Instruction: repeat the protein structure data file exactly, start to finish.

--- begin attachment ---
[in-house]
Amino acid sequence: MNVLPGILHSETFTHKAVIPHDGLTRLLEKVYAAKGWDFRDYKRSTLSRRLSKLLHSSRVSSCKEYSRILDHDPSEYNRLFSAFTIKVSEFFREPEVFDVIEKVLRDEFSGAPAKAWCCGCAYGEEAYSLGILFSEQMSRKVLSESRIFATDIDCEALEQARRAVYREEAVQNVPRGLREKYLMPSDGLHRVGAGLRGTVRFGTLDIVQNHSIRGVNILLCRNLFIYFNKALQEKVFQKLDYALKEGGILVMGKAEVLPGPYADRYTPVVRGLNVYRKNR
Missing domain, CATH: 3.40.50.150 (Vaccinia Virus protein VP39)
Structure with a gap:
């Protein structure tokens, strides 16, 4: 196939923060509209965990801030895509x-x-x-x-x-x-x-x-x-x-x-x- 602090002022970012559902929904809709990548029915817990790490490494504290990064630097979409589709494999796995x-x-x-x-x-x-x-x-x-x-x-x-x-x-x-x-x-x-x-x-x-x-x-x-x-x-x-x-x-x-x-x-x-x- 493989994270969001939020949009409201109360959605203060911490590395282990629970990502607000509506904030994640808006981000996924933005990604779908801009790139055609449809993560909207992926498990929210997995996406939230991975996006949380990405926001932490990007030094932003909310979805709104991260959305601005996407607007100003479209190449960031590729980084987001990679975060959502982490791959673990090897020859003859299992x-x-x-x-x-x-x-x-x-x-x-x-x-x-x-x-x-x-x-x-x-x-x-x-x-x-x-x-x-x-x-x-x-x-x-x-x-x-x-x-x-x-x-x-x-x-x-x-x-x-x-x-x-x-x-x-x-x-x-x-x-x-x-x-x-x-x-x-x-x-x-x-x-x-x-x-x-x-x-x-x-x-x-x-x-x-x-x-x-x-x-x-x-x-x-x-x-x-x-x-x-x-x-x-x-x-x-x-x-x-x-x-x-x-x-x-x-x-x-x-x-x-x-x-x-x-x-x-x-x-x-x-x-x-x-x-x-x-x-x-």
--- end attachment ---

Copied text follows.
[in-house]
Amino acid sequence: MNVLPGILHSETFTHKAVIPHDGLTRLLEKVYAAKGWDFRDYKRSTLSRRLSKLLHSSRVSSCKEYSRILDHDPSEYNRLFSAFTIKVSEFFREPEVFDVIEKVLRDEFSGAPAKAWCCGCAYGEEAYSLGILFSEQMSRKVLSESRIFATDIDCEALEQARRAVYREEAVQNVPRGLREKYLMPSDGLHRVGAGLRGTVRFGTLDIVQNHSIRGVNILLCRNLFIYFNKALQEKVFQKLDYALKEGGILVMGKAEVLPGPYADRYTPVVRGLNVYRKNR
Missing domain, CATH: 3.40.50.150 (Vaccinia Virus protein VP39)
Structure with a gap:
């Protein structure tokens, strides 16, 4: 196939923060509209965990801030895509x-x-x-x-x-x-x-x-x-x-x-x- 602090002022970012559902929904809709990548029915817990790490490494504290990064630097979409589709494999796995x-x-x-x-x-x-x-x-x-x-x-x-x-x-x-x-x-x-x-x-x-x-x-x-x-x-x-x-x-x-x-x-x-x- 493989994270969001939020949009409201109360959605203060911490590395282990629970990502607000509506904030994640808006981000996924933005990604779908801009790139055609449809993560909207992926498990929210997995996406939230991975996006949380990405926001932490990007030094932003909310979805709104991260959305601005996407607007100003479209190449960031590729980084987001990679975060959502982490791959673990090897020859003859299992x-x-x-x-x-x-x-x-x-x-x-x-x-x-x-x-x-x-x-x-x-x-x-x-x-x-x-x-x-x-x-x-x-x-x-x-x-x-x-x-x-x-x-x-x-x-x-x-x-x-x-x-x-x-x-x-x-x-x-x-x-x-x-x-x-x-x-x-x-x-x-x-x-x-x-x-x-x-x-x-x-x-x-x-x-x-x-x-x-x-x-x-x-x-x-x-x-x-x-x-x-x-x-x-x-x-x-x-x-x-x-x-x-x-x-x-x-x-x-x-x-x-x-x-x-x-x-x-x-x-x-x-x-x-x-x-x-x-x-x-």